A Progressive Christian Conference With an All-White Lineup: What Could Go Wrong?

Preaching Peace, a progressive Christian organization that aims to achieve peace through the application of mimetic theory, recently released the lineup for its inaugural Peace of the Gospel conference.

The keynote schedule, which included some heavy hitters of the progressive Christian world like Diana Butler-Bass and Brian McLaren, was completely devoid of any persons of color and the breakout speakers were virtually all white.

“The lack of diversity in the original slate of speakers is no different from most evangelical conferences, including the ‘progressive’ ones, ” says RD’s Deborah Jian Lee. “When conference organizers are mostly white, and they draw from their circles, which tend to be mostly white, then they end up with a mostly white lineup of speakers.”

Given the theme of the conference, promoting peace and nonviolence through a gospel lens, this would appear to be a glaring oversight. How did the planning reach the final stages with no one pointing out that the lineup was all white?

If peace is the goal, we have to ask if this might be a particular kind of “peace,” one that maintains the status quo but doesn’t actually try to change the structural barriers that make it so difficult for true, lasting peace to be achieved for everyone. It’s a complacent, Omelas-like type of peace that doesn’t meaningfully engage with whiteness or privilege.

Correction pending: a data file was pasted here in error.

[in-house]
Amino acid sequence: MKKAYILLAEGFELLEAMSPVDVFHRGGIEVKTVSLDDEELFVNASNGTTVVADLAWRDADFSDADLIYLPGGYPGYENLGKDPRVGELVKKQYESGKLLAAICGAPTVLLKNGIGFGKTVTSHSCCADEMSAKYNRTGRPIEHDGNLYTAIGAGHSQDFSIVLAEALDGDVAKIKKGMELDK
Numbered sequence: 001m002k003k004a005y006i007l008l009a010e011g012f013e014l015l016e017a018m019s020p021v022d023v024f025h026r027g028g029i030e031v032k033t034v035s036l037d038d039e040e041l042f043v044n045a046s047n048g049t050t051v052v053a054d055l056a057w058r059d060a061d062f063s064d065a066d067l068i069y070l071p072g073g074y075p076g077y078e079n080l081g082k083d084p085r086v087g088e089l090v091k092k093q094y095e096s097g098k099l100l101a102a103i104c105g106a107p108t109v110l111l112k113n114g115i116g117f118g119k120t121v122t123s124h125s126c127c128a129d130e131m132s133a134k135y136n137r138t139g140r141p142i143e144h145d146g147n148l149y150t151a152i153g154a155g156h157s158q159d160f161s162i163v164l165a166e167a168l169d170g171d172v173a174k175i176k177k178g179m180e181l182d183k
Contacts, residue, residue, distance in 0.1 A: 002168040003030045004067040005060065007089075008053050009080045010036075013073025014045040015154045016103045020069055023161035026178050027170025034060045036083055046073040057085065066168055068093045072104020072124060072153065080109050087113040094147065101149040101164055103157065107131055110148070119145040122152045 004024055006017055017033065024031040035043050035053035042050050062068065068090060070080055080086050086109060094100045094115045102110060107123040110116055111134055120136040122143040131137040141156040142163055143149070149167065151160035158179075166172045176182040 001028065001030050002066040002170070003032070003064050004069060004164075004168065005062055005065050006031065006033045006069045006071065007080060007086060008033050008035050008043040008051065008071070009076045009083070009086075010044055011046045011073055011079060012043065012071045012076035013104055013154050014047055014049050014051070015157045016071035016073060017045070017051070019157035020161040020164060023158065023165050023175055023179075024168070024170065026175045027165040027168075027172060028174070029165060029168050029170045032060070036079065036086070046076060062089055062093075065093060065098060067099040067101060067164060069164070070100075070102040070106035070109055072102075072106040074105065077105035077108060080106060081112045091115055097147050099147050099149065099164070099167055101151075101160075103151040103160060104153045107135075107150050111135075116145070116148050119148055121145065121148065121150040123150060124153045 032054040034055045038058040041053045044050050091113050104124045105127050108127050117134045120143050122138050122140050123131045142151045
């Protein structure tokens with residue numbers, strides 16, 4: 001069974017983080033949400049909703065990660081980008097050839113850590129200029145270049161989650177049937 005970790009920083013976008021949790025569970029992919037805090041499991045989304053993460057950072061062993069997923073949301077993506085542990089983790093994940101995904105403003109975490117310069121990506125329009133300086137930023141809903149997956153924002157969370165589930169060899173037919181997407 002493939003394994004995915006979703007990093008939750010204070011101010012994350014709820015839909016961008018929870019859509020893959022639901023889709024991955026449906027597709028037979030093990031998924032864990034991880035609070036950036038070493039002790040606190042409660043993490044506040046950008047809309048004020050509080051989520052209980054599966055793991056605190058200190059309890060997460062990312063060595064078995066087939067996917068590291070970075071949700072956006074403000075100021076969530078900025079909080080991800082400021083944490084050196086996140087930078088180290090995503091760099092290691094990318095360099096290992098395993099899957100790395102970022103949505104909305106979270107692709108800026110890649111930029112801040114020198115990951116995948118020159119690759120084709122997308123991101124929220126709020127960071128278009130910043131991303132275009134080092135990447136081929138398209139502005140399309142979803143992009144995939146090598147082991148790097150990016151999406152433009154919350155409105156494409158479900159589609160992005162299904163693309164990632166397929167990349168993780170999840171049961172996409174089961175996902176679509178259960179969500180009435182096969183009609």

This omission didn’t go unnoticed by Christian activists and clergy of color, and the dragging on social media commenced soon thereafter. Kathy Khang, a Christian writer/speaker and co-author of More Than Serving Tea, was the first to draw attention to conference’s lineup, tweeting:

Khang later said to RD that the incident was an example of progressive spaces assuming they “had a better handle on the conversation” around diversity:

“Things like this happen because [inclusion] isn’t a priority. Systems are designed to deliver on the goals that were set at the beginning of planning. If they could [make changes] after the issue was raised publicly, why didn’t it happen sooner?”

This was soon picked up by other thought leaders on Twitter, leading to a onslaught of tweets, comments and emails directed at the organizers of the conference. Preaching Peace responded swiftly, releasing a carefully crafted diversity statement within 24 hours of the social media dust-up, apologizing for the lack of inclusion and promising to add more speakers of color:

We know that this exclusion of voices—however unintentional—is painful and frustrating for so many of us. Please know that our staff and our current speakers are sharing a plethora of recommendations of absolutely awesome potential contributors…We have, indeed, committed sins of omission against our sisters, brothers, and nonbinary siblings of color. We ask for your forgiveness as we seek to do better.

However, the apology was hedged with them also stating they had originally reached out to several people of color to be speakers but their schedules didn’t allow them to attend, an explanation that rang a little hollow to some.